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Diagnosed at 37

Hello community.
I have just been diagnosed as having COPD. I'm only 37, and I'll be honest, it's really got me scared. I smoked since I was 18, and switched to vaping 5 years ago. Besides my lungs, I am in relatively decent shape, but I'm terrified that this just cut my remaining life expectancy in half (or by even more). At the moment, the anxiety is far worse than the actual COPD symptoms.
Even if I'm able to slow progression, I feel like my odds of even reaching retirement age are fairly minimal.
If someone had asked me yesterday how old I expect to live, I could have confidently said 80. Today, I fear I might not make it to 50.
What can I expect the next 10 years to look like? 20 years?
Is there anyone here who was also diagnosed in their 30s?

  1. Hello Juno1225: I empathize with the initial anxiety your feeling. When I was first diagnosed I had panic attacks. I even called my kids and wife together and told them I had a horrible disease and had 10 years or less to live. That was from something I got off the Internet. That was 18 years ago and I'm still kicking. Try not to worry too much in advance of how the disease progresses. For me, the best thing I did was quit smoking and avoiding environments where the air quality was not toxic. Exercise and healthy eating are good too. This is a wonderful community for support and information. :0)

    1. Meant to say "avoiding environments where the air quality was toxic."

  2. Hi again, @GrandmaLin, and thank you for joining in this conversation. We are pleased that you have chosen to share meeting this person in her 40's a while back. We appreciate your impression of her in your chance encounter.

    Keep in mind that COPD does affect each person differently - and the progression of the disease can vary widely from patient to patient.

    Glad to hear this chance encounter and your impression provided you with an even better outlook for yourself. No one can predict the future and, like you, I am hoping you will maintain a positive outlook and 'can do' approach when managing COPD. It can go a long way - it's been said here in our community repeatedly!!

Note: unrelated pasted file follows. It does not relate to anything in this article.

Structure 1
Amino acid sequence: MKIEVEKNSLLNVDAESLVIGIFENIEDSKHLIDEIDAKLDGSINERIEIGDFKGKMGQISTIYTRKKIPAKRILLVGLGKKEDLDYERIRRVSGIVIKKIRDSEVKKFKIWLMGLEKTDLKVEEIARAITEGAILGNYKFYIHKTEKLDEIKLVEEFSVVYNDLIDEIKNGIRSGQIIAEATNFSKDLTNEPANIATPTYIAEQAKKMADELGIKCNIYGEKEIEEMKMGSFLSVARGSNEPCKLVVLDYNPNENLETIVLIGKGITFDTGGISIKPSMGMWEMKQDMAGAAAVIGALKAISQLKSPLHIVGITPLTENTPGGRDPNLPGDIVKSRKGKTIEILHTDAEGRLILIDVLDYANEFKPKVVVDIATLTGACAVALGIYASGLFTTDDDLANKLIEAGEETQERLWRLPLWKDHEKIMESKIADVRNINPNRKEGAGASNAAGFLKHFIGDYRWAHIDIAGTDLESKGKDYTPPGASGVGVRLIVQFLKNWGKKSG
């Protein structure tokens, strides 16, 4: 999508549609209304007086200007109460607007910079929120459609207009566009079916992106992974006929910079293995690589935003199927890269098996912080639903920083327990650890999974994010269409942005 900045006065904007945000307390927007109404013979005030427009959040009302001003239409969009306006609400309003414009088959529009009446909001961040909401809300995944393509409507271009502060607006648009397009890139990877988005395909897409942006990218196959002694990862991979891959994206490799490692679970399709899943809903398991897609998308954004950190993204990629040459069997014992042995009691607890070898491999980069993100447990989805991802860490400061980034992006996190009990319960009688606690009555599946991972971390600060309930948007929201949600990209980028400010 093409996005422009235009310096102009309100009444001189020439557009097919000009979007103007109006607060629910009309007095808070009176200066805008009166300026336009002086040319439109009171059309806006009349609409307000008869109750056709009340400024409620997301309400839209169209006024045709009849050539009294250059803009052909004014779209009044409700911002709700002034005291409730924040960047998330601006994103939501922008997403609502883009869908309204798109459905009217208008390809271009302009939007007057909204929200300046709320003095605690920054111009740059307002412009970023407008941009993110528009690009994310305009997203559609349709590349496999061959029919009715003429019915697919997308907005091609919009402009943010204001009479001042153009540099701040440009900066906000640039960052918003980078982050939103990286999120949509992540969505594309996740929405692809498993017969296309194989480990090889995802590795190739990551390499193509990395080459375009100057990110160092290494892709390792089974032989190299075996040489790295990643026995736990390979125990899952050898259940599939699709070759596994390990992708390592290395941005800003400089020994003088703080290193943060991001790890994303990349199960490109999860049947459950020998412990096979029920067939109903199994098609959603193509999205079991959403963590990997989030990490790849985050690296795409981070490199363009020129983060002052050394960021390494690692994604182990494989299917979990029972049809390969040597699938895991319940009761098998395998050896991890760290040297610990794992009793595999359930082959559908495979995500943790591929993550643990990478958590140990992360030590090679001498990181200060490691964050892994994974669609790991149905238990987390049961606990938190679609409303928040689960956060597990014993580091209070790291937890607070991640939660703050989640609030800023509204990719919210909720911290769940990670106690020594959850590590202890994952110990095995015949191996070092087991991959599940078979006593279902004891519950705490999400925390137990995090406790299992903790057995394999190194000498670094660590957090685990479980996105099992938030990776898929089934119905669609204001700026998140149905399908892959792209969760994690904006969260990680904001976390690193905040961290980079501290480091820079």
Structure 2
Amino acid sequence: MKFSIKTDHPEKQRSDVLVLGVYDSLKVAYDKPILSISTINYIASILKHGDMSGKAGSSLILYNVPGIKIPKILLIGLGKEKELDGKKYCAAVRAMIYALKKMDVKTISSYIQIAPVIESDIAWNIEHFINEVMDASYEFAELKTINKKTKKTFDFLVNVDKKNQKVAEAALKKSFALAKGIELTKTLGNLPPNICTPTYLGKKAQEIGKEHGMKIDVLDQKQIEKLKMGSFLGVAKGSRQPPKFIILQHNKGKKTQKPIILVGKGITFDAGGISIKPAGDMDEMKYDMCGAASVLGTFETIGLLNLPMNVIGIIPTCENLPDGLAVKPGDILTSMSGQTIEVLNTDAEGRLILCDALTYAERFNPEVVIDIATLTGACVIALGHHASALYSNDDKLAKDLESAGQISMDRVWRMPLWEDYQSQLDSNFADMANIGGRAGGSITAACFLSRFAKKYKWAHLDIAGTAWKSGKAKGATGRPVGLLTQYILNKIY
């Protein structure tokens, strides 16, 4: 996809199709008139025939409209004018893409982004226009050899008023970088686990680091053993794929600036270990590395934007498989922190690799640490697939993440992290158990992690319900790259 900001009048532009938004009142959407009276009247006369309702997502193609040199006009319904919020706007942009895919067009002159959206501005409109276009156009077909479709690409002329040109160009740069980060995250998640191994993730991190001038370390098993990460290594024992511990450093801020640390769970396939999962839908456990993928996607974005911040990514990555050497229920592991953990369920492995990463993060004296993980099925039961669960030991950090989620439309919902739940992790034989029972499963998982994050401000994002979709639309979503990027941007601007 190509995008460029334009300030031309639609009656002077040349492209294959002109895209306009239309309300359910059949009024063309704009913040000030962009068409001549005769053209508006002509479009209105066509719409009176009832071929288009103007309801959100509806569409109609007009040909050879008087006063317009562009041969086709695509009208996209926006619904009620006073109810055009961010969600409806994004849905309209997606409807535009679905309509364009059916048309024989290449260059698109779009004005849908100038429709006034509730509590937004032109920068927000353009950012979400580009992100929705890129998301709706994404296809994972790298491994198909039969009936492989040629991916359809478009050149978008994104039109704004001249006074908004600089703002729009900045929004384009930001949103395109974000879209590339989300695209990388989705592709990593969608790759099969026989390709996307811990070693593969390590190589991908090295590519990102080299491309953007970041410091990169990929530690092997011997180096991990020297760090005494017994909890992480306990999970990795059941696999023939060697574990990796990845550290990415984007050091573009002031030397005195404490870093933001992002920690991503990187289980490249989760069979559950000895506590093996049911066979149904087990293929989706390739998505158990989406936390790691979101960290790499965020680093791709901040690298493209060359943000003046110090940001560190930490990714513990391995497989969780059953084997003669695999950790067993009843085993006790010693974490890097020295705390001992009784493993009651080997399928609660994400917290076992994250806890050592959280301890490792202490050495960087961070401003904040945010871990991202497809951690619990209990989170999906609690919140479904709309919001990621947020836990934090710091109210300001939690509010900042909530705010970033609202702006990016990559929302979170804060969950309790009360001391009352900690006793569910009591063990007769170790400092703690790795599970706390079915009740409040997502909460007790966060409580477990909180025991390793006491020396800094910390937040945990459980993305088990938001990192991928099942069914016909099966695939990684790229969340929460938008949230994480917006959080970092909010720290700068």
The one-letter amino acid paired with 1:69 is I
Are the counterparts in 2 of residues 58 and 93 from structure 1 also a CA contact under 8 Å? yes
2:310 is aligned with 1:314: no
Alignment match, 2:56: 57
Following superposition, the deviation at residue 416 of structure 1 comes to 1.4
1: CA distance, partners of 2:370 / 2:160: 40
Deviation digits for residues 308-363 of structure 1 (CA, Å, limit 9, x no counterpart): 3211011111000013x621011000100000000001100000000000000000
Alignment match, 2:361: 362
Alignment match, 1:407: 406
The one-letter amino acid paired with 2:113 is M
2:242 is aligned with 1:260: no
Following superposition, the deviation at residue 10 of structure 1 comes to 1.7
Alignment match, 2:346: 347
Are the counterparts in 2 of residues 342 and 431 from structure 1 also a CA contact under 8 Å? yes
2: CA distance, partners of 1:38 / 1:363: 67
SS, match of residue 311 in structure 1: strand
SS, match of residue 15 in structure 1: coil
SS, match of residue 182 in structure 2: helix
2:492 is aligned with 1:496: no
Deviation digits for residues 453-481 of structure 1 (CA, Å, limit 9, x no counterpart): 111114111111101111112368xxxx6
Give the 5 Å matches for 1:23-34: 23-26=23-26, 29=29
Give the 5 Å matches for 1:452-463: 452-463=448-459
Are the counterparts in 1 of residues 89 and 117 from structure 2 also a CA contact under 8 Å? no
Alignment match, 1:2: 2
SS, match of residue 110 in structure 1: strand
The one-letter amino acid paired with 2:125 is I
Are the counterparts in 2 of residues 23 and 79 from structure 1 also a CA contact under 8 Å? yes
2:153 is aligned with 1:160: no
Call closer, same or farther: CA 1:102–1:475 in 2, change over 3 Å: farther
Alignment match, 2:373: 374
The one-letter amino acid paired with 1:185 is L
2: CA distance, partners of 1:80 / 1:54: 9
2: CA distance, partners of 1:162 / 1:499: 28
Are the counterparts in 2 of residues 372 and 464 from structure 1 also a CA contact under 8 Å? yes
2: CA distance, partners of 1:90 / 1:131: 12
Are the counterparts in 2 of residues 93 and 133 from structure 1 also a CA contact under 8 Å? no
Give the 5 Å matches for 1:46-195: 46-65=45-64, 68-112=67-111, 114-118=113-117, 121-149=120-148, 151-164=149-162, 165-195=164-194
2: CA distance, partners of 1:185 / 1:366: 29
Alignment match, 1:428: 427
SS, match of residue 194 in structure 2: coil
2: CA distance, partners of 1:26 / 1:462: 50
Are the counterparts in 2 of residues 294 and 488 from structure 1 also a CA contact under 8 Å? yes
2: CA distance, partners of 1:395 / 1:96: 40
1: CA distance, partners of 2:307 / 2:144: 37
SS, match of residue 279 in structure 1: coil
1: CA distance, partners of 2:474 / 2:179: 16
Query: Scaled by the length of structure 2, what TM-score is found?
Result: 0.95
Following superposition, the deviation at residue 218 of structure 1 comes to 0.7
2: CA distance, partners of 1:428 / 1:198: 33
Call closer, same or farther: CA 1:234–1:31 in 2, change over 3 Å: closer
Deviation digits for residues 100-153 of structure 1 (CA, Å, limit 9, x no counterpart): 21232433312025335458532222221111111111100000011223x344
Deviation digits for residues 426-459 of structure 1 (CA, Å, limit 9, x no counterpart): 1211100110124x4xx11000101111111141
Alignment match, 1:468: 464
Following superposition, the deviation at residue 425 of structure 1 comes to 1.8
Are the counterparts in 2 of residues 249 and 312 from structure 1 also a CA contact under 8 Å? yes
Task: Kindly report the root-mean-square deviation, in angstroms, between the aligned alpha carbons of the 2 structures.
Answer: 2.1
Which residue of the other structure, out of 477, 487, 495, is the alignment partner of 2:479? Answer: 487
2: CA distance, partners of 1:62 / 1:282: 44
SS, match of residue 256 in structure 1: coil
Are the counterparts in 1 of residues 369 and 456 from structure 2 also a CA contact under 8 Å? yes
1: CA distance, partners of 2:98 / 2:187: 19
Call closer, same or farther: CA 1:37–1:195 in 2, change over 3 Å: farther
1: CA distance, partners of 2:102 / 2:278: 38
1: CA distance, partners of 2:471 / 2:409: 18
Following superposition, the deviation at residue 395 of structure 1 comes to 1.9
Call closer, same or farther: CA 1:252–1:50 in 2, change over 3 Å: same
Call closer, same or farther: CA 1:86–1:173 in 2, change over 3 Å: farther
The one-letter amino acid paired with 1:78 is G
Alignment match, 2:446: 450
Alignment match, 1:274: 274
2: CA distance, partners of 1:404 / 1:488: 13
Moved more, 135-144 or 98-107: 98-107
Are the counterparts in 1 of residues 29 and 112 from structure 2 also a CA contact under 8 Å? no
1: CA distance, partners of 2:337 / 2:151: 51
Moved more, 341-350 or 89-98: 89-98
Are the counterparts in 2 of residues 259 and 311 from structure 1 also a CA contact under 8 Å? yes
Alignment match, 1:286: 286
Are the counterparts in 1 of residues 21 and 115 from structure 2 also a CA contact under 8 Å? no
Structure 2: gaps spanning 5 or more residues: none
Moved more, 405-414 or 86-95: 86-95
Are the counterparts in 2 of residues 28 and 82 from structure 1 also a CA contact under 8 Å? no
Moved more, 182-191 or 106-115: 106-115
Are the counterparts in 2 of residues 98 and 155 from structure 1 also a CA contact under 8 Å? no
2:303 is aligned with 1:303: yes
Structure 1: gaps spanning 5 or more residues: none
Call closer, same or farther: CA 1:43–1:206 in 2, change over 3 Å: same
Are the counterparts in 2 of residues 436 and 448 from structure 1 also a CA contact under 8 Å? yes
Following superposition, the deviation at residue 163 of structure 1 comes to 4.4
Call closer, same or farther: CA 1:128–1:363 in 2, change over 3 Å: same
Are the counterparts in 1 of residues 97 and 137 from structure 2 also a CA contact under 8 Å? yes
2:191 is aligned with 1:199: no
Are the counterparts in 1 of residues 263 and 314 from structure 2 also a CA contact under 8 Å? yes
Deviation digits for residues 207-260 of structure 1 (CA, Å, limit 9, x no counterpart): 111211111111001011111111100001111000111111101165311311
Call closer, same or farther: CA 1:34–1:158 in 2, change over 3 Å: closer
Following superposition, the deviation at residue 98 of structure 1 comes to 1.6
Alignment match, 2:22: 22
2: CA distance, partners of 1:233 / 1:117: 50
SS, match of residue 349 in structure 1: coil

You may be aware, too, there are lifestyles that can be followed that will actually help to slow down the progression of the disease. I thought, this article, on that very topic, might provide you with some additional insight: https://copd.net/living/progress-can-be-slowed/. I do hope you find it to be helpful to read.

    We are gratified to see that you have been a long standing, and participating member in our online community. For ease of reference, here is a link to our conversations with you over the past 3 years: https://copd.net/members/grandmalin/. Keep up the good work!!

    If there is anything we can do to assist you, please let me or any other moderator / team member know.

    Please know, you are always welcome here!

    All the best,
    Leon (site moderator COPD.net)

    1. Hi, This may not help any but I met a woman in her early 40s a while back. She was out side smoking and said she had been diagnosed 20 years earlier with copd. She was energetic and seemed in great health just looking at her. No breathing hard or anything. I was doubting her till she said she had to sleep in a certain way and a few other things that were familiar to me. Her motivation was that she couldn't let copd stop her, she had things she needed to do. I was amazed! I was only diagnosed a few short years ago and this woman was in better shape than I was. I too was thinking of a short lifespan ahead but now...I think i might be around for a little while. Or at least it seems possible now. Guess we'll just have to wait and see.

      1. Hey juno1225

        I'm new to the forum myself.
        I was diagnosed after a workplace inhalation at 23. Life hasn't changed drastically except for my cardiovascular system really. All my excercise is strength and full body movements as well as HIIT -im talking 5 burpees at a time before I'm gasping. It helps me feel less panicked when I AM out of breath.

        Neets has great points especially about the breathing exercises. Try yoga why not? Biggest advice though get educated and be proactive with your doctor or therapist.

        Be up front with the people in your life too, this is an invisible illness sometimes people don't know how much it may suck.
        Cheers brother
        -Ian

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